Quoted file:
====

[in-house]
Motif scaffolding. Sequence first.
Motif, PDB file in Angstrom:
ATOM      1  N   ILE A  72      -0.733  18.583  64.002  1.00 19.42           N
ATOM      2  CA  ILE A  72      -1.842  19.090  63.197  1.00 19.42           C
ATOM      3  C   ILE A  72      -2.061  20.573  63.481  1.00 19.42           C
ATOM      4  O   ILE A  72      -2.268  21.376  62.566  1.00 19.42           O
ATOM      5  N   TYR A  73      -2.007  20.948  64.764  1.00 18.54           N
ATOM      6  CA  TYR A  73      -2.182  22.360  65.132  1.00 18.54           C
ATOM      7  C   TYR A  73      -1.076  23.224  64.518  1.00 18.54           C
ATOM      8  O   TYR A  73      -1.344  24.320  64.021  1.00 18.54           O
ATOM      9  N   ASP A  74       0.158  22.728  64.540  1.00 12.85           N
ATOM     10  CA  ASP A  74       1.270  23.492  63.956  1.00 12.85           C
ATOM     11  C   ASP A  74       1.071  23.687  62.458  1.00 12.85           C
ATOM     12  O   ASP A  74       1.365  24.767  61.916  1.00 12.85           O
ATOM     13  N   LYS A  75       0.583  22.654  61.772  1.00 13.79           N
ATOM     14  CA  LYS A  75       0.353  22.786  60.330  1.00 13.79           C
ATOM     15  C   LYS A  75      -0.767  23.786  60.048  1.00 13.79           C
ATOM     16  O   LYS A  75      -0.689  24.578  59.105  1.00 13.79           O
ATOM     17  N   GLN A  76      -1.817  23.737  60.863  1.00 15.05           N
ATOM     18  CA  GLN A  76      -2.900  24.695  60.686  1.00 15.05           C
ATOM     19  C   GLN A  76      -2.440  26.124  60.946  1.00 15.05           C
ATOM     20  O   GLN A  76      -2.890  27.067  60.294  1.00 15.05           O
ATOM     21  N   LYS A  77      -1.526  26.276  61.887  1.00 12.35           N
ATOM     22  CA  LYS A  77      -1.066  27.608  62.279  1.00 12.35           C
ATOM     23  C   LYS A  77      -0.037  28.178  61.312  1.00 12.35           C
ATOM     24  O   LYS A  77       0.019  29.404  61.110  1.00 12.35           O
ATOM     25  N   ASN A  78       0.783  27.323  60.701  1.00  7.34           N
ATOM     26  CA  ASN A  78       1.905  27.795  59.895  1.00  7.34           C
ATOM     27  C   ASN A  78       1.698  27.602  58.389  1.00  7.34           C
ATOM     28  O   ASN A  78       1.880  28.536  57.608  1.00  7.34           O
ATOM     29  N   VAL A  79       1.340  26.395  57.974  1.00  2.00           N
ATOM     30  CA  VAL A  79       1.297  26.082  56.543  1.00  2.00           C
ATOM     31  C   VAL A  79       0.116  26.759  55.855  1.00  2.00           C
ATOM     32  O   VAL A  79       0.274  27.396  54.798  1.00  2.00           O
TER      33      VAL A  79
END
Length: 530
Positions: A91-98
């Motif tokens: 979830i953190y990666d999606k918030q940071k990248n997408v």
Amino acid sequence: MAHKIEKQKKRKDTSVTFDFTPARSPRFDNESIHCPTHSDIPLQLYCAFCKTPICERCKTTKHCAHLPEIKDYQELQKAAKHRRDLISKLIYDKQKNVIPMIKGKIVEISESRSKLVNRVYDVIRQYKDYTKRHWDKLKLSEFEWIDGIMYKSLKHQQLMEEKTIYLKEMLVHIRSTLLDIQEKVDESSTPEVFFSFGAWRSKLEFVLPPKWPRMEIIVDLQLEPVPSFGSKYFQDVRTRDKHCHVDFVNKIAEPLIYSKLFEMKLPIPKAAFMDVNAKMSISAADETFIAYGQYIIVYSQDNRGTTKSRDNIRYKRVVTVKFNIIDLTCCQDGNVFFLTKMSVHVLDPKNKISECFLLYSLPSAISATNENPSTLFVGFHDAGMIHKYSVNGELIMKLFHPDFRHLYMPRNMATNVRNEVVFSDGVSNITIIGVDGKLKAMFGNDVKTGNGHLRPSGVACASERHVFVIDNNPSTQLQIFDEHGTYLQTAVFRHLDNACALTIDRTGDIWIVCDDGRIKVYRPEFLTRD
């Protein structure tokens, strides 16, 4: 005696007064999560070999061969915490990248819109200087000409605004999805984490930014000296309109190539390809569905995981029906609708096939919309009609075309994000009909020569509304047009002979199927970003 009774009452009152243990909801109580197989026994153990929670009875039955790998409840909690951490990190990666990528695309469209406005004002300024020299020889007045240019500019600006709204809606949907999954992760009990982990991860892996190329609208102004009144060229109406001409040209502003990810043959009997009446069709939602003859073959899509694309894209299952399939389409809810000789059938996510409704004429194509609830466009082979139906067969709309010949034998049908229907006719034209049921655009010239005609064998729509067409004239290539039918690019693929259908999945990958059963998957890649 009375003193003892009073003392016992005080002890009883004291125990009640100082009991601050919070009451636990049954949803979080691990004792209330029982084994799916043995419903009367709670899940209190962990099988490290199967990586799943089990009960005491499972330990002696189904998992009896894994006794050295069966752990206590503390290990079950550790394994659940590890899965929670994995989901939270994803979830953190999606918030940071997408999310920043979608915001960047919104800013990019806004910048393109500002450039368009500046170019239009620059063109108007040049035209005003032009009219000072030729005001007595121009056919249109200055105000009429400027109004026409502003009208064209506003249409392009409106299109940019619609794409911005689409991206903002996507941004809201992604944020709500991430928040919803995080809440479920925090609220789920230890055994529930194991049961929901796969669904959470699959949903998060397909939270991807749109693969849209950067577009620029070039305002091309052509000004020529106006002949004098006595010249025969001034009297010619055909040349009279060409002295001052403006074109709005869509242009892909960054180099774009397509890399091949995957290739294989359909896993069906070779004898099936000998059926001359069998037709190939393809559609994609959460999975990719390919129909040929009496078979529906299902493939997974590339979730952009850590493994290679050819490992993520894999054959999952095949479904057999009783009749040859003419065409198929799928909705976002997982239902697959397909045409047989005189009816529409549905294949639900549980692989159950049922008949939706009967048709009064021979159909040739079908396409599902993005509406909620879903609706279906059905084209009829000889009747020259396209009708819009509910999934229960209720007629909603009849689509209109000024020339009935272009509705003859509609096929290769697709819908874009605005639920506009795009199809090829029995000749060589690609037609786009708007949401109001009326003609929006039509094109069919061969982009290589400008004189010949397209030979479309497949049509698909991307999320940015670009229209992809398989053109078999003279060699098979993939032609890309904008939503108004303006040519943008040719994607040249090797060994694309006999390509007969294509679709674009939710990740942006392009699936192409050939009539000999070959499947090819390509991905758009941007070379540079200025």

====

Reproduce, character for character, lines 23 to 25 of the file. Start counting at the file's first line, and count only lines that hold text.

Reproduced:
ATOM     20  O   GLN A  76      -2.890  27.067  60.294  1.00 15.05           O
ATOM     21  N   LYS A  77      -1.526  26.276  61.887  1.00 12.35           N
ATOM     22  CA  LYS A  77      -1.066  27.608  62.279  1.00 12.35           C